6. Wuthering Heights: Only a few of the succeeding movies impressed me more on a bare visual level. The entire film has a very blue sheen and it gives a perfect catalyst for the plotline. All the emotion and feeling in the movie is basked heavily in this basin, if you will, of color; it was enough to leave certain images imprinted on my mind. Wuthering Heights is a scanty, derisive movie filled gloom, and I dug it. Something to note; I’d never before heard of the classic novel by Emily Bronte, and understand this adaptation deviates heavily from it, and how commendable.
5. Cafe de Flore: I don’t think I’ve ever seen a movie that incorporates music so well! Music was engrained into Café de Flores fabric, certain scenes felt almost like music videos. The opening sequence has “Speak to Me/Breathe” by Pink Floyd in it, and the shot which correlates made me reel. Yet an even more telling moment happened later on. The characters began to hum a certain song during one of the scenes; I noticed that I recognized the melody as one of my very favorite songs. They kept humming, and began thinking to myself, “No way! it can’t be Sven g Englar by Sigur Ros, it just can’t!” But then it is! The song in question streams forth, and a near-orgasmic experience, for all 9 minutes of the song, I then have. The rest of the movie followed suite.
4. The Turin Horse: The opening song and a shot of a horse; thus begins The Turin Horse. Here are some other sequences: A man cutting wood with an axe, that same man and his daughter eating potatoes (this happens three or four times). As these shots, presumably tedious, begin to accumulate, something special occurs. It is when a man joins this family and speaks to them about the evils of humanity, the end of the world. The entirety of the movie then takes on a truly, what’s the word, intrinsic? nature. These shots alone convey its message, without the need for dialogue or story, simply its black-and-white mood and remedial actions. It turns out to be a wholly affecting message at that.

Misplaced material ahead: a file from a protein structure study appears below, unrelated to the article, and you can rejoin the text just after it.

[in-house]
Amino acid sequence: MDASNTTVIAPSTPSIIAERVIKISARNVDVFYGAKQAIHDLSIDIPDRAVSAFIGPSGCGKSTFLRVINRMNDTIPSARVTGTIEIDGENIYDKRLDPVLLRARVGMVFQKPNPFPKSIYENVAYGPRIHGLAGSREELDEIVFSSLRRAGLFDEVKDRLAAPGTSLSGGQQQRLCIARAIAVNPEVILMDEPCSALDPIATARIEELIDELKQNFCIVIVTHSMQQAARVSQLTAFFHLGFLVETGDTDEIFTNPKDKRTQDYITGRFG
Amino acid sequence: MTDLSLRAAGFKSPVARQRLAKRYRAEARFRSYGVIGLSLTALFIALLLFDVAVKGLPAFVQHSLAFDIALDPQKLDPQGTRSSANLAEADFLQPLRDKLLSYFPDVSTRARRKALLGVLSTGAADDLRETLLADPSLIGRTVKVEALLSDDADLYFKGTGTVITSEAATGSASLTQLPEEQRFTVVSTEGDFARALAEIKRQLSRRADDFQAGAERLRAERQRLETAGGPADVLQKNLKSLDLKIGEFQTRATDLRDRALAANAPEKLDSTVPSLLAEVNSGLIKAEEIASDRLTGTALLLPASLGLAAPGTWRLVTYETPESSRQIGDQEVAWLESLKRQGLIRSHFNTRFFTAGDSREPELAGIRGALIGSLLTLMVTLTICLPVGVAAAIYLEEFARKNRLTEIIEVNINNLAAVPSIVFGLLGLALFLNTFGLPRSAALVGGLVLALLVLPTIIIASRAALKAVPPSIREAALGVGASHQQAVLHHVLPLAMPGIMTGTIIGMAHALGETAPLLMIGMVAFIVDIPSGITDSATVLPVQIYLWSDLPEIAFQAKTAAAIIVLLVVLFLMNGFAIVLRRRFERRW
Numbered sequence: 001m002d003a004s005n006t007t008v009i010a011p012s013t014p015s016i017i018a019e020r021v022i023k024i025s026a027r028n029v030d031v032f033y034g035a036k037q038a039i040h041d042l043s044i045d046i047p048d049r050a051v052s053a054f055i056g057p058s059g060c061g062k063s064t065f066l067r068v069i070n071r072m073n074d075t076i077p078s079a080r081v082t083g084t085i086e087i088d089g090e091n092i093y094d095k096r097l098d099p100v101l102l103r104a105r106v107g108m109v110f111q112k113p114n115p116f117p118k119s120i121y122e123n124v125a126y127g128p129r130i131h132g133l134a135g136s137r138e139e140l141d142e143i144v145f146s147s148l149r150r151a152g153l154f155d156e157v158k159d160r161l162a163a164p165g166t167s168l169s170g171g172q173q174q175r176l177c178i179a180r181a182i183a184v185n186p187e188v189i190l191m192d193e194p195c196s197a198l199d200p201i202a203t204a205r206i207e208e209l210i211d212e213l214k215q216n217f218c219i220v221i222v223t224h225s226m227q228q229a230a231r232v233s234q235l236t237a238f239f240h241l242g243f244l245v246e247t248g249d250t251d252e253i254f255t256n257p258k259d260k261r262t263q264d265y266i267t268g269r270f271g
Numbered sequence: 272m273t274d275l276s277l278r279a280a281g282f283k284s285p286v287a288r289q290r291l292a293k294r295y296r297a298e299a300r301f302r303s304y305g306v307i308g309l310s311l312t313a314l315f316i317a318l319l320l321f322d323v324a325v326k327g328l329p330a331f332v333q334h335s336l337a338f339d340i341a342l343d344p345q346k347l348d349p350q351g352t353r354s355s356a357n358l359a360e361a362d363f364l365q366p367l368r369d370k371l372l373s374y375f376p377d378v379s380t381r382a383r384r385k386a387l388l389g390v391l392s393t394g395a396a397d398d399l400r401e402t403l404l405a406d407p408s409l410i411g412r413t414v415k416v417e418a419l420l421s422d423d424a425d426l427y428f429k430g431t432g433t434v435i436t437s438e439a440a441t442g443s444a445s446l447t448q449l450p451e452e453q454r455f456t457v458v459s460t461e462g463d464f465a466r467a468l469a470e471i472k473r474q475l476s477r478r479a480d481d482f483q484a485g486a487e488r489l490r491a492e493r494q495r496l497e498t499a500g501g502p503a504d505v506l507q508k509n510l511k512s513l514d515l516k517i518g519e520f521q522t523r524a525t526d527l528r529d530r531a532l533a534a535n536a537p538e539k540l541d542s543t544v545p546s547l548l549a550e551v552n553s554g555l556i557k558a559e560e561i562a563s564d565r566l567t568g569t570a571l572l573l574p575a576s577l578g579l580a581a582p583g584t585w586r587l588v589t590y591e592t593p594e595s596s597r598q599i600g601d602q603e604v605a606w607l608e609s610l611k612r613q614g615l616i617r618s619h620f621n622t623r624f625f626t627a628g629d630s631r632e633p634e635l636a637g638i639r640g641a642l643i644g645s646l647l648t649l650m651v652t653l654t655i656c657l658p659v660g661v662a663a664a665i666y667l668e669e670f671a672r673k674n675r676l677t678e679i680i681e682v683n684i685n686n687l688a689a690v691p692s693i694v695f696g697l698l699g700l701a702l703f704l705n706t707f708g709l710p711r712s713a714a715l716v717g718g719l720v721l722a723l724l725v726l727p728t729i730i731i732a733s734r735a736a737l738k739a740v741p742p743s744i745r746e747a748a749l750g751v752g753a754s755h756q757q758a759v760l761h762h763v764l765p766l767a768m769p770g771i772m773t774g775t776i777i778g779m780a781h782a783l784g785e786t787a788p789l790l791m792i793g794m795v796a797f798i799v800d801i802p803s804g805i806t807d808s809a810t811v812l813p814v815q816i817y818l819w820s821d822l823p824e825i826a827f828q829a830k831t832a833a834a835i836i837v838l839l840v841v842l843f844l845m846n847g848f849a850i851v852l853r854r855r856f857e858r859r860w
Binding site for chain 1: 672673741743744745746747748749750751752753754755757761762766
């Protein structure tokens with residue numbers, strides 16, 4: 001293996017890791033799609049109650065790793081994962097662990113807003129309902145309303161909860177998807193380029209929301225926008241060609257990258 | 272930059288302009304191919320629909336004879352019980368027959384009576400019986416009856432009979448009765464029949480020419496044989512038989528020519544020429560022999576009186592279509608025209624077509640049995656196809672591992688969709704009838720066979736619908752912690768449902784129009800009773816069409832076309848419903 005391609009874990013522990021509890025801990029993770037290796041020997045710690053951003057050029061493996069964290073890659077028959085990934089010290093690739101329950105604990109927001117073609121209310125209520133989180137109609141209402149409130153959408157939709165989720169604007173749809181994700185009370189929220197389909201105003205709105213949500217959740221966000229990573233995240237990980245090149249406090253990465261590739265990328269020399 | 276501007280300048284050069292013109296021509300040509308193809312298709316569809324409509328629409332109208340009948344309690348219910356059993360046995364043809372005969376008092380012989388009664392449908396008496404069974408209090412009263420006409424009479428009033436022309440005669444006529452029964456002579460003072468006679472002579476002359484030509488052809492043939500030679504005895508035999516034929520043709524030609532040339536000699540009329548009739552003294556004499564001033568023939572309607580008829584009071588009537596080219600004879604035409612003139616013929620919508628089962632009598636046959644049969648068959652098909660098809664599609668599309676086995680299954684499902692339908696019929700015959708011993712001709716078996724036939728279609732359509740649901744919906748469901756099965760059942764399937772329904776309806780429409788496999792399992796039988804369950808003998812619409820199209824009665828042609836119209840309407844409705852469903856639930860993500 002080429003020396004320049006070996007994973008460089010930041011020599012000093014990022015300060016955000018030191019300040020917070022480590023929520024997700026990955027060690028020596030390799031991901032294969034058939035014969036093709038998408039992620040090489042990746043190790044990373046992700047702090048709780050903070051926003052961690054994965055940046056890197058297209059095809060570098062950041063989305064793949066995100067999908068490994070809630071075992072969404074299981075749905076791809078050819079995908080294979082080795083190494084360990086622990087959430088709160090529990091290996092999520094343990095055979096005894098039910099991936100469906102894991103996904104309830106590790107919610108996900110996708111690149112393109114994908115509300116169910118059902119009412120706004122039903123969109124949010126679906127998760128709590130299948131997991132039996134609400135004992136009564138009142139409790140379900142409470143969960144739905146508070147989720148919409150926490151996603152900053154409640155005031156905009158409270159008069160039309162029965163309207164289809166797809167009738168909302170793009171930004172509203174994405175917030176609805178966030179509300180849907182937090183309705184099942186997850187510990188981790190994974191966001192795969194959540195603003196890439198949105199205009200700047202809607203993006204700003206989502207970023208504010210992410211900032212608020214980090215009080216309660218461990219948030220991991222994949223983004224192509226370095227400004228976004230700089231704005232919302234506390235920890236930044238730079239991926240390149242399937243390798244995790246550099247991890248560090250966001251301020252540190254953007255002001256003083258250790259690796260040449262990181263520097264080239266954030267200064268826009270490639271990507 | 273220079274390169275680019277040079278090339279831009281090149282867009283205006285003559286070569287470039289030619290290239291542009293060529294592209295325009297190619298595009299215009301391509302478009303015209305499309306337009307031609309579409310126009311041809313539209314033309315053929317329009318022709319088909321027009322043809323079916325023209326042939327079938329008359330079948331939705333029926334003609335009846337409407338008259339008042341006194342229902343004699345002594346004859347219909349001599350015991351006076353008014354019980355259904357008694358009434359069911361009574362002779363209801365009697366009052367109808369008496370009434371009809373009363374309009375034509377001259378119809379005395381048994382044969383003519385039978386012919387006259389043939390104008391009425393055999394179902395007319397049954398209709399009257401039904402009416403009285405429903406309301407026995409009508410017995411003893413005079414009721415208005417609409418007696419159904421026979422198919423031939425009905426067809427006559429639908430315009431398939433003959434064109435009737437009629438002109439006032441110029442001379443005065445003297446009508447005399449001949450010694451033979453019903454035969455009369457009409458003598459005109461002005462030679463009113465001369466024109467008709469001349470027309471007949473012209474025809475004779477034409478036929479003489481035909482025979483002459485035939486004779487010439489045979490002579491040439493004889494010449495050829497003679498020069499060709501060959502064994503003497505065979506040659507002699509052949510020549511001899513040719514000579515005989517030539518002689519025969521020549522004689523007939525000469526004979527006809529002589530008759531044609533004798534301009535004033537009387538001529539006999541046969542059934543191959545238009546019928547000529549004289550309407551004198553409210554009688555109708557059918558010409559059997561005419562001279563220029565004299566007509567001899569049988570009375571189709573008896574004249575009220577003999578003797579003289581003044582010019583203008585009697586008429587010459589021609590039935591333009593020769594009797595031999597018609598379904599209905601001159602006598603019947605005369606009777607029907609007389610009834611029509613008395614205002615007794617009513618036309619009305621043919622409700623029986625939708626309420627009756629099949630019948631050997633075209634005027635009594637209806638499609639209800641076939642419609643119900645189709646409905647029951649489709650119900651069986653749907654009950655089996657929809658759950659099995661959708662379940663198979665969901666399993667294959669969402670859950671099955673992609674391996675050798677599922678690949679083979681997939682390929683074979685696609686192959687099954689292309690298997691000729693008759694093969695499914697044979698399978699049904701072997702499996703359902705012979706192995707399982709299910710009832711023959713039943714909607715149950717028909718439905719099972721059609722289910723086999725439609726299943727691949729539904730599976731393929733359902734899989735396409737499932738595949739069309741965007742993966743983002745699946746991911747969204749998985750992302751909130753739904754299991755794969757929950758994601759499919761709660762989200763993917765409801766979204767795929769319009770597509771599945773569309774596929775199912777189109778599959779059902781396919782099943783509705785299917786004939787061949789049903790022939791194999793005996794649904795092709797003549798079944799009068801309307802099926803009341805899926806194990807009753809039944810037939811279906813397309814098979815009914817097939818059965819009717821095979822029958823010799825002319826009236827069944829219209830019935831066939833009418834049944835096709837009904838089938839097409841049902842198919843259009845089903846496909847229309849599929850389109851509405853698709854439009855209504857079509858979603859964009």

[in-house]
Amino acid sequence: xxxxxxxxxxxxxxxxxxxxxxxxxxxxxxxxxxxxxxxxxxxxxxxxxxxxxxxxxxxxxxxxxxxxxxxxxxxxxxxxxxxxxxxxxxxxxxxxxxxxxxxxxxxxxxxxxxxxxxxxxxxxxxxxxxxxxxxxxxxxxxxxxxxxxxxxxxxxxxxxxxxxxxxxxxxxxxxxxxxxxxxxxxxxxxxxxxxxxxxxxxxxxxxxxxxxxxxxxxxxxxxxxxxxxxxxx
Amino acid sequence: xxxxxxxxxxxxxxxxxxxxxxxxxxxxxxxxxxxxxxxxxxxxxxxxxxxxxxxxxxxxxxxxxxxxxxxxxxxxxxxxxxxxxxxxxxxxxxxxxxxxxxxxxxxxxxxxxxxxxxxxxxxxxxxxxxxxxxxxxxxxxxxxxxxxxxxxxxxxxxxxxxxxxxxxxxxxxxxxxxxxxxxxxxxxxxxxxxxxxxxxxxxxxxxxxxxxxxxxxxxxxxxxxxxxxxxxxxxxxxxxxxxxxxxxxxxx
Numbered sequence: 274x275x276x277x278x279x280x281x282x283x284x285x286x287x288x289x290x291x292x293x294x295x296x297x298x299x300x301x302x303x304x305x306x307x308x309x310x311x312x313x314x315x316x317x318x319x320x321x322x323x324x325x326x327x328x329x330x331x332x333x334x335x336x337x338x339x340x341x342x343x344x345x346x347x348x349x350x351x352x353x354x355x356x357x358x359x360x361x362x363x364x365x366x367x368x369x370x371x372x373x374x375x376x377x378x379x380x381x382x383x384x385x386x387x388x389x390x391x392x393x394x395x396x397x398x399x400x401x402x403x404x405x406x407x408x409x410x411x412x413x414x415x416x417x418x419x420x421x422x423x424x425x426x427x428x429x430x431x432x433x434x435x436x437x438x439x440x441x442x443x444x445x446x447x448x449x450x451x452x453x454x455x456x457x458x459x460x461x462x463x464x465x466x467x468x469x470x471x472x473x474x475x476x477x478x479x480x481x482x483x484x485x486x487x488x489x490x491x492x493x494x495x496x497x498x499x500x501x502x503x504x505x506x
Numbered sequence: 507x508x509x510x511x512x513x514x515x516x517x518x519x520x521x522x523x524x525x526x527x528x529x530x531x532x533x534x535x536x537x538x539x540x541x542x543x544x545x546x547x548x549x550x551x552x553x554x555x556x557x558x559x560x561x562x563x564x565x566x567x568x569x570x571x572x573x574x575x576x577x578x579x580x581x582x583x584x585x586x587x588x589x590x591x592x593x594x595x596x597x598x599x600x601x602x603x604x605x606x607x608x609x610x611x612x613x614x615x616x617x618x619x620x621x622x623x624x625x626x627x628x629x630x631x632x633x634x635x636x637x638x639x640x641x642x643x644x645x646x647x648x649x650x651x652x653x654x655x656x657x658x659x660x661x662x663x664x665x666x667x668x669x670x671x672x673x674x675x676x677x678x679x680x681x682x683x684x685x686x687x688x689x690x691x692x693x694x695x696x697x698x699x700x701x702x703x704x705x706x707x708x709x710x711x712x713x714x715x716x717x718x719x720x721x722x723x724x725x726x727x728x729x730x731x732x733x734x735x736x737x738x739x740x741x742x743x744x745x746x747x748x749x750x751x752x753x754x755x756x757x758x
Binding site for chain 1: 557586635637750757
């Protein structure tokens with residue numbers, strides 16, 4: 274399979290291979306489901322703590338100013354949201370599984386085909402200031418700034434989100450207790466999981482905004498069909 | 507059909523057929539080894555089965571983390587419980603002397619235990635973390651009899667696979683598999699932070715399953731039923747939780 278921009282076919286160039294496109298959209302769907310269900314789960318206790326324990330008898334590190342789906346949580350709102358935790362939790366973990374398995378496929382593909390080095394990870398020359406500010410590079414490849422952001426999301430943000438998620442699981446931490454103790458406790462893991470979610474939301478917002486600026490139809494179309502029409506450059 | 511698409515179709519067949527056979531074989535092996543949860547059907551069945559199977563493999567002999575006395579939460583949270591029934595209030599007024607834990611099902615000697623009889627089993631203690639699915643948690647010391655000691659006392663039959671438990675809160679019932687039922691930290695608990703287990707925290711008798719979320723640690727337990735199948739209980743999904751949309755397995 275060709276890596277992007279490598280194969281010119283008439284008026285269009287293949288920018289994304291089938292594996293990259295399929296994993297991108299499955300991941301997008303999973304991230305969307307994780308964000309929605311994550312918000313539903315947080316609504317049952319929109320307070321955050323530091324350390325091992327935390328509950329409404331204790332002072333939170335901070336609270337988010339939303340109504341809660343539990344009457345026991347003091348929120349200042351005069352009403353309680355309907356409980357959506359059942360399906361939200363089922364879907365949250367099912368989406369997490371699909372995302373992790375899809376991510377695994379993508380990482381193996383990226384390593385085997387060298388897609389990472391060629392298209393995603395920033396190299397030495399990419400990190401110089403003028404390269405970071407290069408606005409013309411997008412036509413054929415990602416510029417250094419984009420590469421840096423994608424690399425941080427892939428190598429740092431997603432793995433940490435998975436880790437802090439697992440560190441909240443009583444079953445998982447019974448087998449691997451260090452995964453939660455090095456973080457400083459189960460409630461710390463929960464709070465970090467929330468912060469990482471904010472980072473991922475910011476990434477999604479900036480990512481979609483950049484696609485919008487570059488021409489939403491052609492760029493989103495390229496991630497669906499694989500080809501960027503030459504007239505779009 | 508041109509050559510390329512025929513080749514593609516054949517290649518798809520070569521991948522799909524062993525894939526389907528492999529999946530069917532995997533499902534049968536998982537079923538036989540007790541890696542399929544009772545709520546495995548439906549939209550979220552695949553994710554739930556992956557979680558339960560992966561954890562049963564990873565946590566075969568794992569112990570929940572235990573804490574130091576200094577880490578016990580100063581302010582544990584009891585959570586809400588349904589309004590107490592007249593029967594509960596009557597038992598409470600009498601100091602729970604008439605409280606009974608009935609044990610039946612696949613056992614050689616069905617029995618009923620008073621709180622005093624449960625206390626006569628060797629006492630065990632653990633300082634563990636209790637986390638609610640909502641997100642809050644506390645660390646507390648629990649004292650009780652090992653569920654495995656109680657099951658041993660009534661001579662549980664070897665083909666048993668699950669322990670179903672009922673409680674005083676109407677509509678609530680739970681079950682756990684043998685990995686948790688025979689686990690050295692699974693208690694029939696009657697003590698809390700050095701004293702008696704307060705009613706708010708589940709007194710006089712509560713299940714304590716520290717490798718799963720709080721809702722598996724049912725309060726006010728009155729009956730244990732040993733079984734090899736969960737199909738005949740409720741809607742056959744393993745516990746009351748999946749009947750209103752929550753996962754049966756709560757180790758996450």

3. Melancholia: Despite what I’d heard about Lars von Triar I knew little of Melancholia upon seeing it, so it was a fairly virgin experience. And the moment it began I was subdued - collapsing horses, Kirsten Dunst opening her eyelids, planets colliding like shattering glass. Though I could touch on the rest of the movie, I’ll pinpoint again at its ending. As the three characters brace themselves for apocalypse, the music’s theme then catapults – the theatre I was in got loud like nothing I’d felt before in one. As planet Melancholia collides, my heart pounded, my breathe was stolen. It was an experience I’ll ever forget. I’ve talked much with an acquaintance on how the ending made him feel, and his response was that it was relieving; in many ways I agree with him. And how von Triar is able achieve such a contrasting emotion for the end of the world I can only gawk at.